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$\lim_{n\to \infty}(0.9999+\frac{1}{n})^n$

Using Binomial theorem:

$(0.9999+\frac{1}{n})^n={n \choose 0}*0.9999^n+{n \choose 1}*0.9999^{n-1}*\frac{1}{n}+{n \choose 2}*0.9999^{n-2}*(\frac{1}{n})^2+...+{n \choose n-1}*0.9999*(\frac{1}{n})^{n-1}+{n \choose n}*(\frac{1}{n})^n=0.9999^n+0.9999^{n-1}+\frac{n-1}{2n}*0.9999^{n-2}+...+n*0.9999*(\frac{1}{n})^{n-1}+(\frac{1}{n})^n$

A limit of each element presented above is 0. How should I prove that limit of "invisible" elements (I mean elements in "+..+") is also 0?

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    $\begingroup$ An easier way to compute this limit is to instead assume $n>10000$ and then compare to $(0.9999+1/(10001))^n$ (or similar). Your way results in quite detailed asymptotics, which are nice if you're interested in large finite $n$ but not great for computing the limit. $\endgroup$
    – Ian
    Nov 8 '18 at 21:57
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HINT

We have that

$$\left(0.9999+\frac{1}{n}\right)^n=(0.9999)^n\left(1+\frac{\frac{1}{0.9999}}{n}\right)^n$$

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Hint. Use that $\lim (1 + \frac{x}{n})^n \to e^x$ for any real number $x.$

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  • $\begingroup$ How will that help him? $\endgroup$
    – Yanko
    Nov 8 '18 at 22:01
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    $\begingroup$ @Yanko See gimusi's answer $\endgroup$ Nov 8 '18 at 22:02
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Hint Look at $n\gt 10000$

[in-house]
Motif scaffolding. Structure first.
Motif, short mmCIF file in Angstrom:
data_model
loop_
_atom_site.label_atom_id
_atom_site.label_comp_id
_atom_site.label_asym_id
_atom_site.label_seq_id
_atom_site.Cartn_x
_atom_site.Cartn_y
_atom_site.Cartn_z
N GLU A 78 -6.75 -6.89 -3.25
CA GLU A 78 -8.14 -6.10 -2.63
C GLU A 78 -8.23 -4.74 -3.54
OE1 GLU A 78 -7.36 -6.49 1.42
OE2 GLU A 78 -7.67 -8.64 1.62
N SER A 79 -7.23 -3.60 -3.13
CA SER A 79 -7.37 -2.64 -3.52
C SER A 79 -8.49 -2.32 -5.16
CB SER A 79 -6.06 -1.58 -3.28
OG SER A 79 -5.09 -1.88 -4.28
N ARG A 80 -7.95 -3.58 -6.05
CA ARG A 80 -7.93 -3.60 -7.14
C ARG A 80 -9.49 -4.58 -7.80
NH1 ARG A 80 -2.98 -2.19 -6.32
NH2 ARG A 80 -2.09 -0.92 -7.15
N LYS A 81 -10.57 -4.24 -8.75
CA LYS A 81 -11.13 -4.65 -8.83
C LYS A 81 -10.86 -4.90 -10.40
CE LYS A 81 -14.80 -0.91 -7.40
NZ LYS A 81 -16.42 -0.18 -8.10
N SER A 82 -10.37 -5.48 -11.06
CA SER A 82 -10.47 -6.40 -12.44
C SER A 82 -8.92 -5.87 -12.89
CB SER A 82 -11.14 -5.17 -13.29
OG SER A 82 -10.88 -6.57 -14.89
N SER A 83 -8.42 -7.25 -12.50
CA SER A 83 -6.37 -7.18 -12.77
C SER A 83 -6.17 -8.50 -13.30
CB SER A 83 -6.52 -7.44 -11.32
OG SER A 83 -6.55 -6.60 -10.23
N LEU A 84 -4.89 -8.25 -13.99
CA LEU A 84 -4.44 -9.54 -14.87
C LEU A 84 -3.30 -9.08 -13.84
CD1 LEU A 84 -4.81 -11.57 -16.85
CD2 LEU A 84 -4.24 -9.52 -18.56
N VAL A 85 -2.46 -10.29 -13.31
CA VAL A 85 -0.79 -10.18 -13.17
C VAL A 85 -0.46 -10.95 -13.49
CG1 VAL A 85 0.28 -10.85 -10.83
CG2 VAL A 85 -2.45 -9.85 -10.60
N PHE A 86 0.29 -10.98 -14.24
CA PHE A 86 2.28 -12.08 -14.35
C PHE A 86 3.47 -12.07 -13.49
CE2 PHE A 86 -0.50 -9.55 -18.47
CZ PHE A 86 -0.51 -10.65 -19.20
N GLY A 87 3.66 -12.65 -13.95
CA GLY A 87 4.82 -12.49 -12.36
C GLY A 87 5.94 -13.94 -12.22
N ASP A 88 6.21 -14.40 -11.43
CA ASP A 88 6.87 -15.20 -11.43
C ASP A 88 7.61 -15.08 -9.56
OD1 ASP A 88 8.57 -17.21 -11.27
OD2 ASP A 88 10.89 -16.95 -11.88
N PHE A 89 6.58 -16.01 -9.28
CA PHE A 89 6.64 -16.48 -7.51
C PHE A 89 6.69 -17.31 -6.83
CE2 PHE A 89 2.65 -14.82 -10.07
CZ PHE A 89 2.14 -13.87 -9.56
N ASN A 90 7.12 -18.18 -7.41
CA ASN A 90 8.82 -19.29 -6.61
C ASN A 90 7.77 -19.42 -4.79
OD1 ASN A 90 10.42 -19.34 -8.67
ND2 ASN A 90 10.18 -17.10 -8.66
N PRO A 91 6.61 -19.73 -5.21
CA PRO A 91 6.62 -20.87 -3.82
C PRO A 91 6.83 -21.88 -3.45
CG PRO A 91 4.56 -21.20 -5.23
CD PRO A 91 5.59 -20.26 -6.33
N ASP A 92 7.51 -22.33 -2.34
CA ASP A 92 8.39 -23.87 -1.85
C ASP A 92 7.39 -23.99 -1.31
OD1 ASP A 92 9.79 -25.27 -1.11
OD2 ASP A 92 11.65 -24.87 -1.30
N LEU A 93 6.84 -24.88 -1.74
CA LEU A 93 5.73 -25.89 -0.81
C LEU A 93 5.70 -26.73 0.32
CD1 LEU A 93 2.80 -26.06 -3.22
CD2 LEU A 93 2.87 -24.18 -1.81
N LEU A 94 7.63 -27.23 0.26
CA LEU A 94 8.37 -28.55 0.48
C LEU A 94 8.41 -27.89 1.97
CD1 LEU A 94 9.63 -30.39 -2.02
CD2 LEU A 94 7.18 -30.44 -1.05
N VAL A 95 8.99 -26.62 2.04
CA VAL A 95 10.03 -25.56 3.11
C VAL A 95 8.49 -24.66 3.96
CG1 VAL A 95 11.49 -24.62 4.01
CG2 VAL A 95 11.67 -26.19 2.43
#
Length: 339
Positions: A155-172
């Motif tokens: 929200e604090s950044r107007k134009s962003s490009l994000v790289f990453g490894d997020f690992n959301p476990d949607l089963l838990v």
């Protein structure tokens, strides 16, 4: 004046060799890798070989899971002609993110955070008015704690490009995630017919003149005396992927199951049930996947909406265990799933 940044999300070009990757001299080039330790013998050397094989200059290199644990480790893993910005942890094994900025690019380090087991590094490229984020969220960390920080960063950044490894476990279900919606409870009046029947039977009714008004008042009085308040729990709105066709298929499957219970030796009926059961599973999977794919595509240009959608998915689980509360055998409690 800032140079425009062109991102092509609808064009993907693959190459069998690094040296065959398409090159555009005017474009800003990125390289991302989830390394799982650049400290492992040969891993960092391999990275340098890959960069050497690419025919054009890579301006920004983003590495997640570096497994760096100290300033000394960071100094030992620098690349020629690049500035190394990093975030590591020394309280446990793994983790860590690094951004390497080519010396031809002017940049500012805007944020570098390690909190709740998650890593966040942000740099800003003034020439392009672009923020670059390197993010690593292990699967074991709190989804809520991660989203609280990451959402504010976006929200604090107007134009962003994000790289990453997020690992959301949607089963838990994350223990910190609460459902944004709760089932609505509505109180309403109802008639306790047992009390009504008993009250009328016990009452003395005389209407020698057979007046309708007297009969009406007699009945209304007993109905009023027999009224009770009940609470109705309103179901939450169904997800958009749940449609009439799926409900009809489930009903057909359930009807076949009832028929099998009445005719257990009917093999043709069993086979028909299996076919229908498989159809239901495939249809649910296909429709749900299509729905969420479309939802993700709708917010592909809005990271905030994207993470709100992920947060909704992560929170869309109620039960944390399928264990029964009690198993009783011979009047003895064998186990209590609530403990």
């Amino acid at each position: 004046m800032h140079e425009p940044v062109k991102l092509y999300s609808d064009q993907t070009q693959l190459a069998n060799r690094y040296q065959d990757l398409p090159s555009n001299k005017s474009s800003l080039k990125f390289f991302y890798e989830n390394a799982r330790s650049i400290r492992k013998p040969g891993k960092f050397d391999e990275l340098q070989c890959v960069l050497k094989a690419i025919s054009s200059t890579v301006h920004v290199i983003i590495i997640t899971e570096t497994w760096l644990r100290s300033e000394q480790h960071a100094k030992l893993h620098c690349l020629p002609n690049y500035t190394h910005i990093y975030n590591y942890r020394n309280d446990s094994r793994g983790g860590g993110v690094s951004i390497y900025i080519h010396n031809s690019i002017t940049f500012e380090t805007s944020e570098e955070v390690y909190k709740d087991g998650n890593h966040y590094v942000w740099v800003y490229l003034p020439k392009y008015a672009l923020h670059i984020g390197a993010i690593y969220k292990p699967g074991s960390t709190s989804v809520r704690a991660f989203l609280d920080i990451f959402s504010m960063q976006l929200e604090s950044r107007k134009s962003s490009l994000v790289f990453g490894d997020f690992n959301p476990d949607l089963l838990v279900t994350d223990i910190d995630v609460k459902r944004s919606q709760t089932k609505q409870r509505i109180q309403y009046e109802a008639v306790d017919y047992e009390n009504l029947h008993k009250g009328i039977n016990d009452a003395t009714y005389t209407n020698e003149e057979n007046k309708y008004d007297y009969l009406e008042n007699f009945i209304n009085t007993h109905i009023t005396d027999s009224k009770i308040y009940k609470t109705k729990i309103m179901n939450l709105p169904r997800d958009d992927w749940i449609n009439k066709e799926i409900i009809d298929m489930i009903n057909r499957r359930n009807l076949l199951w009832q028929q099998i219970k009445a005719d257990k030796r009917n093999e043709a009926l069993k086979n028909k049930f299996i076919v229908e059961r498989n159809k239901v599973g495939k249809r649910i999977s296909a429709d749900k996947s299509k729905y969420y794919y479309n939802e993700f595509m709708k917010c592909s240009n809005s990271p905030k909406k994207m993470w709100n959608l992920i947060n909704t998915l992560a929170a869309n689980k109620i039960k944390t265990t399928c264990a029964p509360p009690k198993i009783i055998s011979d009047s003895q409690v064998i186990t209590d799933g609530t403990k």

For $n\gt 10000$, we have $0.9999 + \frac{1}{n} \leq 0.9999+ \frac{1}{10001}\lt1$, so $\lim_{n\rightarrow\infty}(0.9999 + \frac{1}{n})^n \leq \lim_{n\rightarrow\infty} (0.9999 + \frac{1}{10001})^n = 0$

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Wow your approach to this question is way too difficult.

Let me first explain what's wrong with your approach before I give you another way to do this.

You wrote your term as a sum of $n$ terms, each converges to zero as $n$ goes to infinity . In fact you didn't show that the "invisible" elements converges to zero, but even if you do, it is not enough. For instance the sum $\frac{1}{n}+\frac{1}{n}+...+\frac{1}{n}$ of $n$ times $\frac{1}{n}$ converges to $1$ even though each term converges to zero.

What can you do instead:

Instead you can say that for $n$ sufficiently large $0.9999 + \frac{1}{n} < 0.99999$ (add one more 9). Then use the fact that $0.99999^n\rightarrow 0$ as $n\rightarrow 0$.

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Hint Instead of using the binomial expansion, observe that for $n > 10^5$ the quantity in parentheses is at most $1 - \frac{1}{10^5 (10^5 + 1)}$. Now apply the Squeeze Theorem.

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Alternatively, consider the series: $\sum_{n=1}^{\infty} (0.9999+\frac{1}{n})^n$, which converges by the root test: $$\lim_{n\to \infty} a_n^{1/n}=\lim_{n\to \infty} (0.9999+\frac1n)=0.9999<1.$$ Hence: $$\lim_{n\to\infty} a_n=\lim_{n\to\infty} (0.9999+\frac{1}{n})^n=0.$$

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